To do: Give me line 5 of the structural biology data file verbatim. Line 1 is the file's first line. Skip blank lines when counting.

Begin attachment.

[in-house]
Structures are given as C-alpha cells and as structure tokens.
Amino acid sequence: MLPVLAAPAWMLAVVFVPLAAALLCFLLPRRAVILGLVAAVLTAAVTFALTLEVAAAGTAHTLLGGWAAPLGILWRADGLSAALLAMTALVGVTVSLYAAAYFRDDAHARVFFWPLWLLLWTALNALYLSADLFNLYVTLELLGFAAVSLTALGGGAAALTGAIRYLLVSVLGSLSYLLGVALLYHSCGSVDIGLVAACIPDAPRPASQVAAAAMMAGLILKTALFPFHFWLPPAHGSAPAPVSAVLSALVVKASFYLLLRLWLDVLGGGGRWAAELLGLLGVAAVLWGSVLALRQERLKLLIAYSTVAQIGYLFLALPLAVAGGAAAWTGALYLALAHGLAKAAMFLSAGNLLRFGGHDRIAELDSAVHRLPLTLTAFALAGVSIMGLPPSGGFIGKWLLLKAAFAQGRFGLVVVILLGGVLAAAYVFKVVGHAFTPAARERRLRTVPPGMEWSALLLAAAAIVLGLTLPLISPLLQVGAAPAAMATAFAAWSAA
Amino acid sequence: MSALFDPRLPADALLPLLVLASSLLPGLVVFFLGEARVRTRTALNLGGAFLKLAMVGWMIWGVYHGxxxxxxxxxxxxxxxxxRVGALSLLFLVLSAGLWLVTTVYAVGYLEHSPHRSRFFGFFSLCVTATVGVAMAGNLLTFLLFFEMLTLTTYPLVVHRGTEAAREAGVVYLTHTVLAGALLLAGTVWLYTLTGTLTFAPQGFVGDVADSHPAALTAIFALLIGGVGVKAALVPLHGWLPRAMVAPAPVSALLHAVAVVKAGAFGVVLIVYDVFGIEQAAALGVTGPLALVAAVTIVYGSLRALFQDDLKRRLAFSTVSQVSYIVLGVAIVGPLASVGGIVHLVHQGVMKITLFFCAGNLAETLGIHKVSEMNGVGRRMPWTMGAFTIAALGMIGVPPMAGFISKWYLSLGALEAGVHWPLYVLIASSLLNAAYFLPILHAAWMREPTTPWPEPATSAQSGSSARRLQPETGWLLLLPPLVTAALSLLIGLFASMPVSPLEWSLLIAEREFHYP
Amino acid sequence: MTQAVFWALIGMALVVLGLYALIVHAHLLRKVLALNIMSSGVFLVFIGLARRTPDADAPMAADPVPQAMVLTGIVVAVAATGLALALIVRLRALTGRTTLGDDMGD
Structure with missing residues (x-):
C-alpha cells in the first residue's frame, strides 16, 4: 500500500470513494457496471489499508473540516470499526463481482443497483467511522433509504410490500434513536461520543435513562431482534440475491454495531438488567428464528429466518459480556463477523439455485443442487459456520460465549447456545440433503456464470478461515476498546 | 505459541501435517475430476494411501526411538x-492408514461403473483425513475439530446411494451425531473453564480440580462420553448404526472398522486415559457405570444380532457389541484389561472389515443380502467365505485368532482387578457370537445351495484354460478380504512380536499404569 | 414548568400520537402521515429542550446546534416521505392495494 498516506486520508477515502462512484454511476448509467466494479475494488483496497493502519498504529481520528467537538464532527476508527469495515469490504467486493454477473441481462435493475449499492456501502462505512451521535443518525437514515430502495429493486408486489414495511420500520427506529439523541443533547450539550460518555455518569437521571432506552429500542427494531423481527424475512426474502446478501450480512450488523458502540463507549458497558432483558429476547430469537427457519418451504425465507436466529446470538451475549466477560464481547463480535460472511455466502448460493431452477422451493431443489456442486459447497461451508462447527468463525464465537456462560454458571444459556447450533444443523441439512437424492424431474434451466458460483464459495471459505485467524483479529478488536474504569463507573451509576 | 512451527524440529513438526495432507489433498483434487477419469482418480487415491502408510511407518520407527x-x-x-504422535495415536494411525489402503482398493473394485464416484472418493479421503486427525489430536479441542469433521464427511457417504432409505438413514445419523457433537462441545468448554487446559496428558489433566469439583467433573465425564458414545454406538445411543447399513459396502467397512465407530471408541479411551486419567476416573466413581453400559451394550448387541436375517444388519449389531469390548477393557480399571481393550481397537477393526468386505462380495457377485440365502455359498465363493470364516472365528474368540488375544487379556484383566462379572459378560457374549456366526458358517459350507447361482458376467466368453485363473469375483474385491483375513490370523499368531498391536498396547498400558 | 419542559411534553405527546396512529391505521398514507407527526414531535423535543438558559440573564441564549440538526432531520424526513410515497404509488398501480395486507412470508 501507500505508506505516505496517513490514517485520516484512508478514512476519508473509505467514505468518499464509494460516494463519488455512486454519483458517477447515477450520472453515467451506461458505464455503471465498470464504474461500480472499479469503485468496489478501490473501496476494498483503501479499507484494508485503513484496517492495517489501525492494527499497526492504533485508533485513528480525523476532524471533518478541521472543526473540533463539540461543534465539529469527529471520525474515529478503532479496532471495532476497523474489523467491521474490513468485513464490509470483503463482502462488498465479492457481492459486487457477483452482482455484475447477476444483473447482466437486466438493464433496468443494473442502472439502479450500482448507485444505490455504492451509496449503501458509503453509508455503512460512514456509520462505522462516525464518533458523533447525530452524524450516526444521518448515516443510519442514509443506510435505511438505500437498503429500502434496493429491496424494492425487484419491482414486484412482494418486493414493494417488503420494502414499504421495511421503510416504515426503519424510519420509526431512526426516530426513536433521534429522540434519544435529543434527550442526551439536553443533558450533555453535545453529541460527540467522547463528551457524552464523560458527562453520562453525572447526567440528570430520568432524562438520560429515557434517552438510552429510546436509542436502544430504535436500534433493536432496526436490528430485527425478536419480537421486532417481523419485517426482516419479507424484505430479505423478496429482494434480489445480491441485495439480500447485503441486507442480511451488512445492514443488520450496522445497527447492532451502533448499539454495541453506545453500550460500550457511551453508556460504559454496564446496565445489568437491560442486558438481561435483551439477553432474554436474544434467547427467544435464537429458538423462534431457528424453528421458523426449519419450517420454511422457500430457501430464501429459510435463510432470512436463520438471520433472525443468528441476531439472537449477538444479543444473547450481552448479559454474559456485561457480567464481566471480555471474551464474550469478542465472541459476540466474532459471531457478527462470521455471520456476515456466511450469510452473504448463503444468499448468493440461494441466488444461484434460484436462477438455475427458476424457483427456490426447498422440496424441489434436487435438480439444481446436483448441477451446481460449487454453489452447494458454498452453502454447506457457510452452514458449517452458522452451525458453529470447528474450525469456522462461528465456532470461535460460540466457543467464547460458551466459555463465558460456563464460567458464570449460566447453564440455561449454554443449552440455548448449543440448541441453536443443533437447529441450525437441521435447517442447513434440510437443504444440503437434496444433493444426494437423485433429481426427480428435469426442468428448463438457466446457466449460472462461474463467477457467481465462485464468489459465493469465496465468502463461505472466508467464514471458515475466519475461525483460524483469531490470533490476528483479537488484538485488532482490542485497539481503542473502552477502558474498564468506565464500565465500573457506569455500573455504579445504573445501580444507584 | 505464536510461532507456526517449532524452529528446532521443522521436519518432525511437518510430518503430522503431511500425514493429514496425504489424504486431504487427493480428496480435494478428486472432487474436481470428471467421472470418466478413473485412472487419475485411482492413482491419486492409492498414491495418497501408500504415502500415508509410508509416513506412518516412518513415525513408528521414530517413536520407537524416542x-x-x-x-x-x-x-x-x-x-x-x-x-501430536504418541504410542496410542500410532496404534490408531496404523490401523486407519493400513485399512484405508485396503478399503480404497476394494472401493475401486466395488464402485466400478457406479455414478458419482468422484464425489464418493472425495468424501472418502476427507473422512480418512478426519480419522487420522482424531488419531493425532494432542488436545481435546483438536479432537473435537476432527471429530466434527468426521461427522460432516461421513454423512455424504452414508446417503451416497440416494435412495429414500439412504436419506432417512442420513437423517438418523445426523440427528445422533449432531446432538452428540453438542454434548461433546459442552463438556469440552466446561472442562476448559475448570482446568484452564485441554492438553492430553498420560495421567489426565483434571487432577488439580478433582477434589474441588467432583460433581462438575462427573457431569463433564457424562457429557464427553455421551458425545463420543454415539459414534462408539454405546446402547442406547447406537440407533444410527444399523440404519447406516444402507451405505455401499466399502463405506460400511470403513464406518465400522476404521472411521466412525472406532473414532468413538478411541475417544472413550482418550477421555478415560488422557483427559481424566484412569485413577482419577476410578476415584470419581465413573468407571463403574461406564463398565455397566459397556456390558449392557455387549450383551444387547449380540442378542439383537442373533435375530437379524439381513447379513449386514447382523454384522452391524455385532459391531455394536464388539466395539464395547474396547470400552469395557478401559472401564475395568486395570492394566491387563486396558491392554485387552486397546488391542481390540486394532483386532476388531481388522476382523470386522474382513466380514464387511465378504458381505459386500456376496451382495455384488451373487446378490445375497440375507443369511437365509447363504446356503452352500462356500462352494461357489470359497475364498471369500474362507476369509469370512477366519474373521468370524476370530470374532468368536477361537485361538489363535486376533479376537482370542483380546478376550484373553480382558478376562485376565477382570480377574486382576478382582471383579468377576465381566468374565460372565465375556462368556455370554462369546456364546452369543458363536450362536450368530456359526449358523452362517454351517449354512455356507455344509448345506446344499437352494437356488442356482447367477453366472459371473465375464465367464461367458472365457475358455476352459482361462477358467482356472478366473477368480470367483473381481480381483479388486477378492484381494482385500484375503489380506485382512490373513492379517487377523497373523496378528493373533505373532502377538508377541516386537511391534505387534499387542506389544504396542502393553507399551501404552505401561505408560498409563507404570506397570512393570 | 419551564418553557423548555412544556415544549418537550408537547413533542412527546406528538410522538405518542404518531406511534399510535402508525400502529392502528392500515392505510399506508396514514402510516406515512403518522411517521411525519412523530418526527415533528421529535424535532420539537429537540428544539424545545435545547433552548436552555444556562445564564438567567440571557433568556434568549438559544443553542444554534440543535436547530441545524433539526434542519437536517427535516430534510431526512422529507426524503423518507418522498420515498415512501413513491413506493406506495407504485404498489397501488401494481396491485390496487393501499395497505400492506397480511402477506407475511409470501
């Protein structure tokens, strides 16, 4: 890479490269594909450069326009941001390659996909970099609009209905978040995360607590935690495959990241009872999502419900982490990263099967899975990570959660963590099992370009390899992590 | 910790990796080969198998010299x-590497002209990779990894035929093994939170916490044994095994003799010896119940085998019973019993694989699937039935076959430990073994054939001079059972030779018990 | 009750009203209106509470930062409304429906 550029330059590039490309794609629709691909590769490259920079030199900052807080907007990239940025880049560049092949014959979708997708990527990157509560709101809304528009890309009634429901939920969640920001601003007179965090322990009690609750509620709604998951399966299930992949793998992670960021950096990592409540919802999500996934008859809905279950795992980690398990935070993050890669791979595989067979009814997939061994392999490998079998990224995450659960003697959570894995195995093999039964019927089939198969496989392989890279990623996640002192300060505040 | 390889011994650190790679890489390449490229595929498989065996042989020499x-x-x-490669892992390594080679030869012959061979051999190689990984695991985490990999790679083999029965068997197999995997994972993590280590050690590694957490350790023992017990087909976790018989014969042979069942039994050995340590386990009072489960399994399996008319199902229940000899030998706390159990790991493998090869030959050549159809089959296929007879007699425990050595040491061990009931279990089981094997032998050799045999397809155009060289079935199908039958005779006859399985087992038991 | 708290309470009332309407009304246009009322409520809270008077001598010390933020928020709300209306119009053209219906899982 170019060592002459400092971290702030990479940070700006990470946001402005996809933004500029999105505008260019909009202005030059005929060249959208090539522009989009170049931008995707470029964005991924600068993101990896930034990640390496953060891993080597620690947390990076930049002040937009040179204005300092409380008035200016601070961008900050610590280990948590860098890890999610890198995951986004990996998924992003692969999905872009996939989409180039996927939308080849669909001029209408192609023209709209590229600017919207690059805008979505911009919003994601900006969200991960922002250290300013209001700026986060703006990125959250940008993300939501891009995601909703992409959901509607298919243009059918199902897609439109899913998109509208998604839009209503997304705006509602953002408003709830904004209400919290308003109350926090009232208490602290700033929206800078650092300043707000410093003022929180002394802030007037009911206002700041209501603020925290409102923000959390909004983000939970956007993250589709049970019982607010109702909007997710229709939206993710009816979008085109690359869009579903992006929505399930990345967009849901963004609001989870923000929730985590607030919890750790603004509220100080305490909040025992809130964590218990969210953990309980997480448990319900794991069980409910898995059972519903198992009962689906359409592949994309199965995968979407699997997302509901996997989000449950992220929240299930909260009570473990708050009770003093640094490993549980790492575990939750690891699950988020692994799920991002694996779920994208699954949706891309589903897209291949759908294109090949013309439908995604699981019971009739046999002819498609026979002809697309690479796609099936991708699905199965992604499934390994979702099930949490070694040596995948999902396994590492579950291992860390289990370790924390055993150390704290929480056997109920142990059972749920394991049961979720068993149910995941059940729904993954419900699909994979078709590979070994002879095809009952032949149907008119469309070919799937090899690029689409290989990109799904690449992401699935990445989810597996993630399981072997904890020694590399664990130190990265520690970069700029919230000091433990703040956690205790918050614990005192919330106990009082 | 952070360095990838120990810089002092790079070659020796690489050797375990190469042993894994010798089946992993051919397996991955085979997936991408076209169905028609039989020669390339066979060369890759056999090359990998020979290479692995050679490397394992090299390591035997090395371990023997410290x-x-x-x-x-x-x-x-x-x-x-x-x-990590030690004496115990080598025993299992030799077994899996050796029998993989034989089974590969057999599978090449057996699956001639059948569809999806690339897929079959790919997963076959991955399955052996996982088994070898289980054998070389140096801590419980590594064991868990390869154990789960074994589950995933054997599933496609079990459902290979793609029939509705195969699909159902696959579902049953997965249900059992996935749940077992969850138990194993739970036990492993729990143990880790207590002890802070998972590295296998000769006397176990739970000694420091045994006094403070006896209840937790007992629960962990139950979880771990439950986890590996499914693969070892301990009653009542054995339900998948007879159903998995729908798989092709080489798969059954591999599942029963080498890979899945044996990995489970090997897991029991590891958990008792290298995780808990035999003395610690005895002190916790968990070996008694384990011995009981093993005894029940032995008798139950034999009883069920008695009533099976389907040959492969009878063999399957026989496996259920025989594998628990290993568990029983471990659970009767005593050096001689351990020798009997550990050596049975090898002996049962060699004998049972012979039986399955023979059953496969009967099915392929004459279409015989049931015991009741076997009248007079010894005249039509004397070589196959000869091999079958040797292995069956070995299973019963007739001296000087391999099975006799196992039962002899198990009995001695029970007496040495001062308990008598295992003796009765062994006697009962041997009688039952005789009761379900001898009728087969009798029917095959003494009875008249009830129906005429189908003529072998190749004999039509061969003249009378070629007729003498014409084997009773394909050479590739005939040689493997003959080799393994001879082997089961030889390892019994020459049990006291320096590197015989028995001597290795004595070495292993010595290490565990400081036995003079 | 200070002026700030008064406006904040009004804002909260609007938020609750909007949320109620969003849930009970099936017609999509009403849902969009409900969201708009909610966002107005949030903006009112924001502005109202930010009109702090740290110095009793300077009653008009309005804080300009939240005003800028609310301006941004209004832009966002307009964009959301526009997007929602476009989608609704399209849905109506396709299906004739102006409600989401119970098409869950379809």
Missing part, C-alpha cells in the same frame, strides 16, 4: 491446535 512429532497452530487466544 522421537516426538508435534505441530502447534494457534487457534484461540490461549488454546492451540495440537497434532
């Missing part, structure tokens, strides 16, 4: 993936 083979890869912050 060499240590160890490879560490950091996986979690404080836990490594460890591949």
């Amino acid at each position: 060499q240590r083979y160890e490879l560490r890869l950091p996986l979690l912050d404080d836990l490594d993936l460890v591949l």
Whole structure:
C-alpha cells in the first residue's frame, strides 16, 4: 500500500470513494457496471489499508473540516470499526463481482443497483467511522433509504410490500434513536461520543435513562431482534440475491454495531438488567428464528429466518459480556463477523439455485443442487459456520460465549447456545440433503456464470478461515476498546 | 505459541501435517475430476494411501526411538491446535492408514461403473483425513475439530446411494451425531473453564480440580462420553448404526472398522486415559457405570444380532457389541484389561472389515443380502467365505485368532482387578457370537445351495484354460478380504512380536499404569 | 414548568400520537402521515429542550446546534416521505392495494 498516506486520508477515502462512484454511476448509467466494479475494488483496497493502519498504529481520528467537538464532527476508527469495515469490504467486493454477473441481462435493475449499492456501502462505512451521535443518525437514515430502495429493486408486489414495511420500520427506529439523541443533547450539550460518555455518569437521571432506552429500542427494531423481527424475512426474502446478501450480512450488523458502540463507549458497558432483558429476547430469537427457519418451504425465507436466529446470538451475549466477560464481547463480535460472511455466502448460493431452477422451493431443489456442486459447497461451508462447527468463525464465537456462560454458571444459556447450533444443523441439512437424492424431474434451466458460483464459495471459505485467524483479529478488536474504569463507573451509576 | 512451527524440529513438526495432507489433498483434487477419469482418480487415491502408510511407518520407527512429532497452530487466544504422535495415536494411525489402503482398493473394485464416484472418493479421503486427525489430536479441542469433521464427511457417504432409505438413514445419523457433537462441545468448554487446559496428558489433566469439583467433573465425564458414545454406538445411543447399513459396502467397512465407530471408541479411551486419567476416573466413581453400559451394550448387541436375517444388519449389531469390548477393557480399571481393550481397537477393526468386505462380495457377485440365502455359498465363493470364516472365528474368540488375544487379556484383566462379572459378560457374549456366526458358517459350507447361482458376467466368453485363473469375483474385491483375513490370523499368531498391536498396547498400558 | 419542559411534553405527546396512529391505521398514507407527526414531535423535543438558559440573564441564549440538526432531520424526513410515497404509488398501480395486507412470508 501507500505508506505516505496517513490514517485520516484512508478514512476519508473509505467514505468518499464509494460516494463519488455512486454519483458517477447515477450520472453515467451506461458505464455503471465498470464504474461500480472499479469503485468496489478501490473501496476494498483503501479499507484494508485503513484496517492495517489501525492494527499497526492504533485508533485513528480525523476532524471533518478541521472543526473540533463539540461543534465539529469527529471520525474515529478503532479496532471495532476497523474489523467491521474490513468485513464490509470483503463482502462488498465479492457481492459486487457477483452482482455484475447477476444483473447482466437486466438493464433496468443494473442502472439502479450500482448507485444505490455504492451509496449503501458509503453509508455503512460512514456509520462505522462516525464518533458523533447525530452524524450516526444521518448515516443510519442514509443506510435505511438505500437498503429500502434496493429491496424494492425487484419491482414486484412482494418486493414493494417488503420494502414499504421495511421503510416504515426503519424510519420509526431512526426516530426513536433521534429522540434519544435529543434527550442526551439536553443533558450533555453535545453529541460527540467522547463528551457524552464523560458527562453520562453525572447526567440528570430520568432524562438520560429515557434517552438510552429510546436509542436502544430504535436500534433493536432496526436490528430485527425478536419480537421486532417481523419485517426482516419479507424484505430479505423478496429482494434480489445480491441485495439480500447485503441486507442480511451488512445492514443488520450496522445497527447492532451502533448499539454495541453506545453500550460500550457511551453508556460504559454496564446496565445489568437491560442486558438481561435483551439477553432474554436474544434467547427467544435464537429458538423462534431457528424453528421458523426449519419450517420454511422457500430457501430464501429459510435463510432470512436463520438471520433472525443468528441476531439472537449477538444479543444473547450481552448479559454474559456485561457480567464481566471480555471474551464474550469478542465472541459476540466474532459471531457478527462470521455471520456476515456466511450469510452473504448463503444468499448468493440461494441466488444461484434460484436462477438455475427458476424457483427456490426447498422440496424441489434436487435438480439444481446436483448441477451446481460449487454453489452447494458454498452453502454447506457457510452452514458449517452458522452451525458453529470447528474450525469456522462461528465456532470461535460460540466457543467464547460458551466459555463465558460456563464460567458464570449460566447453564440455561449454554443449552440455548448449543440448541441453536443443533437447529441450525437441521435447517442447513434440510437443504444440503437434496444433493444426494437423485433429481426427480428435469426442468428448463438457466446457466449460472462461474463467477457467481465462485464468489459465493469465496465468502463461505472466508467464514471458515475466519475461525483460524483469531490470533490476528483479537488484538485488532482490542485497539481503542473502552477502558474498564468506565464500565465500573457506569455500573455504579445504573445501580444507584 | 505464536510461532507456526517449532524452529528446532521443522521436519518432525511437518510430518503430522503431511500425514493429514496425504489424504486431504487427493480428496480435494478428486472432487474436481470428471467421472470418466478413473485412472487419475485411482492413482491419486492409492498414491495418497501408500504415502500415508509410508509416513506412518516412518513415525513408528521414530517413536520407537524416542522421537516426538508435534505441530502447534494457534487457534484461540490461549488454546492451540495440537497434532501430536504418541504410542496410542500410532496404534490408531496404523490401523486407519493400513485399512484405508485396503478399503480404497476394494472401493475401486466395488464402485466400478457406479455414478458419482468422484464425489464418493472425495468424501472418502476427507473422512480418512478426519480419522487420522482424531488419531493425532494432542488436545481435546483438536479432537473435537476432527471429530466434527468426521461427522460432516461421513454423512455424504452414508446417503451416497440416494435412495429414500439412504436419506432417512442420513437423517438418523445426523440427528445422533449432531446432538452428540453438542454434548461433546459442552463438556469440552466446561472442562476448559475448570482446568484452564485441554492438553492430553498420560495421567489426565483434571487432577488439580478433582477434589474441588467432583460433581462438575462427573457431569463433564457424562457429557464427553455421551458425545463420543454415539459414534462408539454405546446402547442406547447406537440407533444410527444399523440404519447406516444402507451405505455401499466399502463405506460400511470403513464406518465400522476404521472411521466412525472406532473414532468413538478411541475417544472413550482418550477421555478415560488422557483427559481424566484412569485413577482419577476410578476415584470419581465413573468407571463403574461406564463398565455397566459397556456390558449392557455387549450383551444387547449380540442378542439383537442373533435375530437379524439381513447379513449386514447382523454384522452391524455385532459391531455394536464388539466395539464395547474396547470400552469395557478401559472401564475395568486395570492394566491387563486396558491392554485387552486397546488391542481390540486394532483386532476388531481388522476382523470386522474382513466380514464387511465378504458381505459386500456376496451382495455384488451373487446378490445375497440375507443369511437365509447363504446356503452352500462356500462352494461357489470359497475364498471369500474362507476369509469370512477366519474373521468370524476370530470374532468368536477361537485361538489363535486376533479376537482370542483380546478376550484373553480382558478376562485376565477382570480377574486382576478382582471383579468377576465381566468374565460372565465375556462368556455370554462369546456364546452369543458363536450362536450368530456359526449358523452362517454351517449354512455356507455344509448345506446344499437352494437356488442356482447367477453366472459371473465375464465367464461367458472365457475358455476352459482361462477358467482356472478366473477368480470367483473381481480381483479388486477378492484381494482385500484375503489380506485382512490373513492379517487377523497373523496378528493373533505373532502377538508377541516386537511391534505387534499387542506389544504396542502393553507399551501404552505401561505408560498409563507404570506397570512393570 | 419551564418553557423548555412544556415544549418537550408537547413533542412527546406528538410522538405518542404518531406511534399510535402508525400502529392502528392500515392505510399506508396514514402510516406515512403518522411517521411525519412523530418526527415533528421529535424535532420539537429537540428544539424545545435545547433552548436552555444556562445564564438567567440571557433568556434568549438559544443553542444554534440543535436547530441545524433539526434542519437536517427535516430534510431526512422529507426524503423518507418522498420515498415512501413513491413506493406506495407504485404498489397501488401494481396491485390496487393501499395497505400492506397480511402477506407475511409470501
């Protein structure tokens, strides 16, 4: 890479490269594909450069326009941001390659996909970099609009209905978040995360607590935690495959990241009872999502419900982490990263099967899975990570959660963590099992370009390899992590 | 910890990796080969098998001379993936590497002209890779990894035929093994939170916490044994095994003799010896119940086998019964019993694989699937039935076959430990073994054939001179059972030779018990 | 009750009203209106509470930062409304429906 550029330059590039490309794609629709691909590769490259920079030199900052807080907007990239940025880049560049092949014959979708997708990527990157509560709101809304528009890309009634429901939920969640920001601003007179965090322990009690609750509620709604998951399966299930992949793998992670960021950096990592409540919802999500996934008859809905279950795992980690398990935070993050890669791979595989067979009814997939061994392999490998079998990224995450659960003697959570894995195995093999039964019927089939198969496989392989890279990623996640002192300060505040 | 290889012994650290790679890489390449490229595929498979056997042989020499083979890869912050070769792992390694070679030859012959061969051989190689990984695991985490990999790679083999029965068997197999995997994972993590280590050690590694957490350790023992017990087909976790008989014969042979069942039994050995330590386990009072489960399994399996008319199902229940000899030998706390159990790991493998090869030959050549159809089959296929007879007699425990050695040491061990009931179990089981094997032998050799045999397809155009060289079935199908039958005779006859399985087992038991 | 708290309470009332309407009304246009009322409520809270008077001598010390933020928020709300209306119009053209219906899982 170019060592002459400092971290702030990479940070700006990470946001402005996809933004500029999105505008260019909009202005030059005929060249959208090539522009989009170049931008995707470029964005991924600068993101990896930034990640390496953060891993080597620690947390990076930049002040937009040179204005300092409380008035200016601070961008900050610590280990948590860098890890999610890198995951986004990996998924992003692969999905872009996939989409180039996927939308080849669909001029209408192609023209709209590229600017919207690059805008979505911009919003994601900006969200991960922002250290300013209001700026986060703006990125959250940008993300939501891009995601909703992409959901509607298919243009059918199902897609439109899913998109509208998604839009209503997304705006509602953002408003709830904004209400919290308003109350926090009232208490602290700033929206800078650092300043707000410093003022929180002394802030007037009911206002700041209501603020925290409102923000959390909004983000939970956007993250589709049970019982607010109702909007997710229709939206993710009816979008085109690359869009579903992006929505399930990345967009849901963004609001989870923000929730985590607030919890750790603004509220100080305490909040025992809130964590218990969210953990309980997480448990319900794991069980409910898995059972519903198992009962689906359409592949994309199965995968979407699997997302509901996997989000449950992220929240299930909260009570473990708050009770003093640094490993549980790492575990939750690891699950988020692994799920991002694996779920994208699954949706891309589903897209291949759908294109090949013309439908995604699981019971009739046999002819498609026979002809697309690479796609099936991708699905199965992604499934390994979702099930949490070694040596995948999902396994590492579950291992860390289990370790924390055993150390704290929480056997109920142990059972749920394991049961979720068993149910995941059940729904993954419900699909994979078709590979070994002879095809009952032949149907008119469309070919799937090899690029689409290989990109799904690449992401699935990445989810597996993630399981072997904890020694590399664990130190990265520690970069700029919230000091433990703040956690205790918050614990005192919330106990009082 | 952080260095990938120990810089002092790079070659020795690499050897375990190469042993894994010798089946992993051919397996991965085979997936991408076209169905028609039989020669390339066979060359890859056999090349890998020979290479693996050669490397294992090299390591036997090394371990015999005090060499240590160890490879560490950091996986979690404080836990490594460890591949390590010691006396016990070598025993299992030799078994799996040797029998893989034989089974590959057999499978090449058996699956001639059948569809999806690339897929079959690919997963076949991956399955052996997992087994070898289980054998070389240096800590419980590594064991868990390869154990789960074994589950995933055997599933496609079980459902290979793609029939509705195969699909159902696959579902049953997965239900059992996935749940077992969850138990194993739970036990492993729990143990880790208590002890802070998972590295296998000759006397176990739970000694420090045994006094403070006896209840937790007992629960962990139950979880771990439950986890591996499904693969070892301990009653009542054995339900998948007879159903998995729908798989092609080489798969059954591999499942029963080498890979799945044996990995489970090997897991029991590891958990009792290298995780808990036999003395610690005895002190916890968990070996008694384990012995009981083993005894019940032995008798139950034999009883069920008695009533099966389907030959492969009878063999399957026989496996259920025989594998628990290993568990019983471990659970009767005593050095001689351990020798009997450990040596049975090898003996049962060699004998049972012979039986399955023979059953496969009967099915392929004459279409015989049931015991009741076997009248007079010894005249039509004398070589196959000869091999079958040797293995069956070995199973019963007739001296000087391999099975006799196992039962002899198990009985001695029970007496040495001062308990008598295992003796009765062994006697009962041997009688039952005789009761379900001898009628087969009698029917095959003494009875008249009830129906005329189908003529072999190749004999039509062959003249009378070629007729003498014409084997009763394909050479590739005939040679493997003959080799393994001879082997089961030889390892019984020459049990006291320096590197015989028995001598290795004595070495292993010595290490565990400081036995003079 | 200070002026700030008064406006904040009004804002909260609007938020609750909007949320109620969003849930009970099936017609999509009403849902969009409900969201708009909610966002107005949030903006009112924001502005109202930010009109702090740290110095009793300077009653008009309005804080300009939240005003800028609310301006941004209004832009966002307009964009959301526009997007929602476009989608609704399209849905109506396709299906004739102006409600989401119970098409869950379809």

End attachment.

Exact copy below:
Amino acid sequence: MTQAVFWALIGMALVVLGLYALIVHAHLLRKVLALNIMSSGVFLVFIGLARRTPDADAPMAADPVPQAMVLTGIVVAVAATGLALALIVRLRALTGRTTLGDDMGD